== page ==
Actions and Strategies
In order to implement the proposed transit concept and to enhance the transportation network for the City of Alexandria the City has identified the following actions and strategies. All action items have been developed in order for the City and the public to track progress toward achieving the overall goal for the Transit Concept Plan.

T1. The City will conduct extensive public outreach to educate citizens and stakeholders on the proposed concept, the process and to determine where the greatest support lies for implementation of a major transit investment.

T1.A.  The City will hold public meetings on transit plans and investments.

T1.B.  The City will develop a website dedicated to the Transit Concept Plan.

T1.C.  The City will develop informational brochures that explain the Transit Concept.

T2. The City will coordinate closely with adjacent jurisdictions, specifically Arlington County, Prince George’s County in Maryland, Fairfax County, WMATA, the City of Fairfax and other stakeholders to ensure that the City Transit Concept is integrated into existing services where feasible and to explore opportunities for future connections that would provide for enhanced regional connectivity.

T2.A.  The City will designate a regional liaison to continually coordinate and keep up to date with the plans and actions of neighboring jurisdictions.

T2.B. The Regional Liaison will conduct initial meetings with representatives of adjacent jurisdictions.

T2.C. The Regional Liaison will establish a schedule of quarterly meetings with regional representatives to maintain an active dialogue.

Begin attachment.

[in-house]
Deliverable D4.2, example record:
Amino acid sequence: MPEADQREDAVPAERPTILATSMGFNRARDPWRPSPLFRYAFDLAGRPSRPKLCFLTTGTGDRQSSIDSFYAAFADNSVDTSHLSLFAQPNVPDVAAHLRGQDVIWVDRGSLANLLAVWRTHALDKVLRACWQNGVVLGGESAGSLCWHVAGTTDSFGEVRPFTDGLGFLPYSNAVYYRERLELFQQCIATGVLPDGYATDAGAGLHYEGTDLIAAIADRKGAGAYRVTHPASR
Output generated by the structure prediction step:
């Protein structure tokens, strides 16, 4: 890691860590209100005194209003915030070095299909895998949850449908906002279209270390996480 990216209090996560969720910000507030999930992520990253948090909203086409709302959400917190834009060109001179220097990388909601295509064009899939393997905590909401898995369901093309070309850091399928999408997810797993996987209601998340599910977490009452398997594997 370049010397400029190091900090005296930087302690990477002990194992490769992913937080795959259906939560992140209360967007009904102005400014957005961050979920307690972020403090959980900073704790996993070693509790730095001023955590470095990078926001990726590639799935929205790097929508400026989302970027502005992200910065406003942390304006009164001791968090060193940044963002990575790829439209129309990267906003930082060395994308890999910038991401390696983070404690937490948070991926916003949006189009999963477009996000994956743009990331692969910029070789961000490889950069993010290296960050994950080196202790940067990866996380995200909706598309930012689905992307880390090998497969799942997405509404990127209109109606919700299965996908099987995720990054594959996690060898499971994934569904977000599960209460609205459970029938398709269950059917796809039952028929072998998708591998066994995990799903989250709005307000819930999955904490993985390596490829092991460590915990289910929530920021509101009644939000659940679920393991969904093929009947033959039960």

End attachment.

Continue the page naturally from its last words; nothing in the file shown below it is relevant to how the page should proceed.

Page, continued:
T3. The City will prioritize transit corridors for investment.

T3.A. The City will establish a prioritized list of transit corridors.

T3.B. The City will initiate one or more feasibility studies to conduct a more detailed analysis for the highest priority corridor(s) in order to determine: Conceptual Alignment and Engineering; Proposed Station Locations; Transit Vehicle Technology and Suitability; Initial Scan of Environmental Issues; Fatal Flaw Analysis. The City will develop and issue an RFP for a feasibility study of the highest priority corridor.

T4. The City will develop corridor-specific plans for dedicated transit lanes along these corridors and ensure that new  developments do not preclude development of dedicated transit lanes.

T4.A. The Department of Transportation and Environmental Services (T&ES) will coordinate with Planning and Zoning (P&Z) to establish a framework for identifying high priority rights-of-way.

T4.B. T&ES will coordinate with P&Z to establish corridor specific plans and/or overlays for the highest priority corridor (as established under T3.A.).

T5. The City will identify locations for smart stations that will serve both the new system and existing transportation modes.

T5.A. The City will establish a list of prioritized locations for smart stations and stops.

T5.B. The City will coordinate with DASH and other existing services to identify priority areas for transit stop retrofits to transform existing stops to meet the Transit Concept vision for Smart Stations and Stops.

T6. The City will ensure that development and redevelopment does not preclude efforts to expand public transit infrastructure.

T6.A. The City expects that any amendment to the Potomac Yard/ Potomac Greens Small Area Plan which results in an increase in density beyond what is currently approved will include reasonable provisions to address the development and funding of an additional Metrorail Station.